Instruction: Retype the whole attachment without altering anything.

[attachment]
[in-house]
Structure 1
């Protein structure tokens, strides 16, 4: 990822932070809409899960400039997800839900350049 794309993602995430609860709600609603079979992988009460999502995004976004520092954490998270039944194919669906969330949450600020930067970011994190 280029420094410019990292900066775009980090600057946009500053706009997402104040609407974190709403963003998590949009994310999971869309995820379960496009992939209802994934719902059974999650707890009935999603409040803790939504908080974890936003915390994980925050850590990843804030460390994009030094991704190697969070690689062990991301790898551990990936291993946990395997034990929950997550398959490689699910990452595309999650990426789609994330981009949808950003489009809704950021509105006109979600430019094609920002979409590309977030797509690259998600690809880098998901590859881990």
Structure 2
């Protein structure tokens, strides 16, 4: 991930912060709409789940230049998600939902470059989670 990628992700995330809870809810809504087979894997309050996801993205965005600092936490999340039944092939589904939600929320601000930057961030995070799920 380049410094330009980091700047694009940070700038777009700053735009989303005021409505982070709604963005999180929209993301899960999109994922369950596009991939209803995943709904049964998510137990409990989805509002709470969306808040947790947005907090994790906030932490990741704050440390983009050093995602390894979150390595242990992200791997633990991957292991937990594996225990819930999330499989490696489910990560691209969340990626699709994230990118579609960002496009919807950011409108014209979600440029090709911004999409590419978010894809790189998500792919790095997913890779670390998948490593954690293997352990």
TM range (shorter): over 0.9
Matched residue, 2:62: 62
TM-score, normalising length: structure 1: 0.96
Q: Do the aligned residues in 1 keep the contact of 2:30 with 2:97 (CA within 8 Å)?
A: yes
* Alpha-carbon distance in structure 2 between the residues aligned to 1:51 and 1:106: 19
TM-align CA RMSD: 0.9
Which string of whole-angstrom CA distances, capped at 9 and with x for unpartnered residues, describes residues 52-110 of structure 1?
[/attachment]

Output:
[in-house]
Structure 1
């Protein structure tokens, strides 16, 4: 990822932070809409899960400039997800839900350049 794309993602995430609860709600609603079979992988009460999502995004976004520092954490998270039944194919669906969330949450600020930067970011994190 280029420094410019990292900066775009980090600057946009500053706009997402104040609407974190709403963003998590949009994310999971869309995820379960496009992939209802994934719902059974999650707890009935999603409040803790939504908080974890936003915390994980925050850590990843804030460390994009030094991704190697969070690689062990991301790898551990990936291993946990395997034990929950997550398959490689699910990452595309999650990426789609994330981009949808950003489009809704950021509105006109979600430019094609920002979409590309977030797509690259998600690809880098998901590859881990």
Structure 2
């Protein structure tokens, strides 16, 4: 991930912060709409789940230049998600939902470059989670 990628992700995330809870809810809504087979894997309050996801993205965005600092936490999340039944092939589904939600929320601000930057961030995070799920 380049410094330009980091700047694009940070700038777009700053735009989303005021409505982070709604963005999180929209993301899960999109994922369950596009991939209803995943709904049964998510137990409990989805509002709470969306808040947790947005907090994790906030932490990741704050440390983009050093995602390894979150390595242990992200791997633990991957292991937990594996225990819930999330499989490696489910990560691209969340990626699709994230990118579609960002496009919807950011409108014209979600440029090709911004999409590419978010894809790189998500792919790095997913890779670390998948490593954690293997352990």
TM range (shorter): over 0.9
Matched residue, 2:62: 62
TM-score, normalising length: structure 1: 0.96
Q: Do the aligned residues in 1 keep the contact of 2:30 with 2:97 (CA within 8 Å)?
A: yes
* Alpha-carbon distance in structure 2 between the residues aligned to 1:51 and 1:106: 19
TM-align CA RMSD: 0.9
Which string of whole-angstrom CA distances, capped at 9 and with x for unpartnered residues, describes residues 52-110 of structure 1?